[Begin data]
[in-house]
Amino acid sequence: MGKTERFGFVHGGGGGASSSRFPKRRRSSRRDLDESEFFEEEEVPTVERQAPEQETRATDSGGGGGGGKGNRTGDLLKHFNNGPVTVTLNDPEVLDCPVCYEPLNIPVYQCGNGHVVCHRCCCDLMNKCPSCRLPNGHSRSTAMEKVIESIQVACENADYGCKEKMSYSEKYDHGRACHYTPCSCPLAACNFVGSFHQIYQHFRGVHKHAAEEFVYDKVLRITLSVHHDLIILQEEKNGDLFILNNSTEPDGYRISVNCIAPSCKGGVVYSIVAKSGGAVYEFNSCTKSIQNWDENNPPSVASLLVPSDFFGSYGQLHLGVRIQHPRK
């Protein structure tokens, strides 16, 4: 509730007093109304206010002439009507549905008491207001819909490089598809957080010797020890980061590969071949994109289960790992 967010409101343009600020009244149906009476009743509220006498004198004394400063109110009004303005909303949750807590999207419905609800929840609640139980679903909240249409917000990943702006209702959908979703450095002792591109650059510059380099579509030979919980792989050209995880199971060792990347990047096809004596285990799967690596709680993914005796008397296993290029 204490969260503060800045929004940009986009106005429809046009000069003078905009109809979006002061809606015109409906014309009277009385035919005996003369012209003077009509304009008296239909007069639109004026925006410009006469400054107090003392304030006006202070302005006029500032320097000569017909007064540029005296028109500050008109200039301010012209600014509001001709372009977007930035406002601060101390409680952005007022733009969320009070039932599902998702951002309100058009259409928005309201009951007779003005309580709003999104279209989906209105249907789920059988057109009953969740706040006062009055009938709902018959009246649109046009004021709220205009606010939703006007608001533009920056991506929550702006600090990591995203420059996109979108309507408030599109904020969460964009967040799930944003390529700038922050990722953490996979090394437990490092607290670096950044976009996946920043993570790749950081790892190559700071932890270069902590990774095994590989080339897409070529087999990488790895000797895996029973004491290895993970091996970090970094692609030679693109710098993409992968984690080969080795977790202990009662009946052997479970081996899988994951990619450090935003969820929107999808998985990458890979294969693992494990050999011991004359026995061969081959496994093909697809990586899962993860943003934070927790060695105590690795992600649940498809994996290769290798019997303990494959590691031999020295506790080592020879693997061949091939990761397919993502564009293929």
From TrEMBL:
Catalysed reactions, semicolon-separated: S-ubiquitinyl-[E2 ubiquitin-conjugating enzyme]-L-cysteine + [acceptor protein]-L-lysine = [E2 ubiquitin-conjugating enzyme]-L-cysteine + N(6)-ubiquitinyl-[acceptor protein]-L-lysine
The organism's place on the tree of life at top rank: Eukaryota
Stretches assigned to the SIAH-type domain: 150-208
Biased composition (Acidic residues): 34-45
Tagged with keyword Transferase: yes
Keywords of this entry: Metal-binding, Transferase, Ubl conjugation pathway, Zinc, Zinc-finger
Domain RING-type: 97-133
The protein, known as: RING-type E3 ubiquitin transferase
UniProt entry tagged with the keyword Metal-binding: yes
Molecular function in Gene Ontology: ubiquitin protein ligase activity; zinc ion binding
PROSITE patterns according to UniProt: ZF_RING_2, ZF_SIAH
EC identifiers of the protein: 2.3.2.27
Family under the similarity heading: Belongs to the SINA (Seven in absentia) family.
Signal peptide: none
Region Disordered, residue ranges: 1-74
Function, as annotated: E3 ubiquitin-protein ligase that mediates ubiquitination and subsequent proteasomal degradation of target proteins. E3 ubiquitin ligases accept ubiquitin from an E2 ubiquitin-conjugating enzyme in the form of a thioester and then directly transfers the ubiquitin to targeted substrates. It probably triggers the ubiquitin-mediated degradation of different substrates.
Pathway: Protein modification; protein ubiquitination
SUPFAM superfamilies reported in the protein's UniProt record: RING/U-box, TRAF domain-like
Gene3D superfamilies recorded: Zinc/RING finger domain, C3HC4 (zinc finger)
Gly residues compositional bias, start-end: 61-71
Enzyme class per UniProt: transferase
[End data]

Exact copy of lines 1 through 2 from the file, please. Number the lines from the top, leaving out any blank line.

[in-house]
Amino acid sequence: MGKTERFGFVHGGGGGASSSRFPKRRRSSRRDLDESEFFEEEEVPTVERQAPEQETRATDSGGGGGGGKGNRTGDLLKHFNNGPVTVTLNDPEVLDCPVCYEPLNIPVYQCGNGHVVCHRCCCDLMNKCPSCRLPNGHSRSTAMEKVIESIQVACENADYGCKEKMSYSEKYDHGRACHYTPCSCPLAACNFVGSFHQIYQHFRGVHKHAAEEFVYDKVLRITLSVHHDLIILQEEKNGDLFILNNSTEPDGYRISVNCIAPSCKGGVVYSIVAKSGGAVYEFNSCTKSIQNWDENNPPSVASLLVPSDFFGSYGQLHLGVRIQHPRK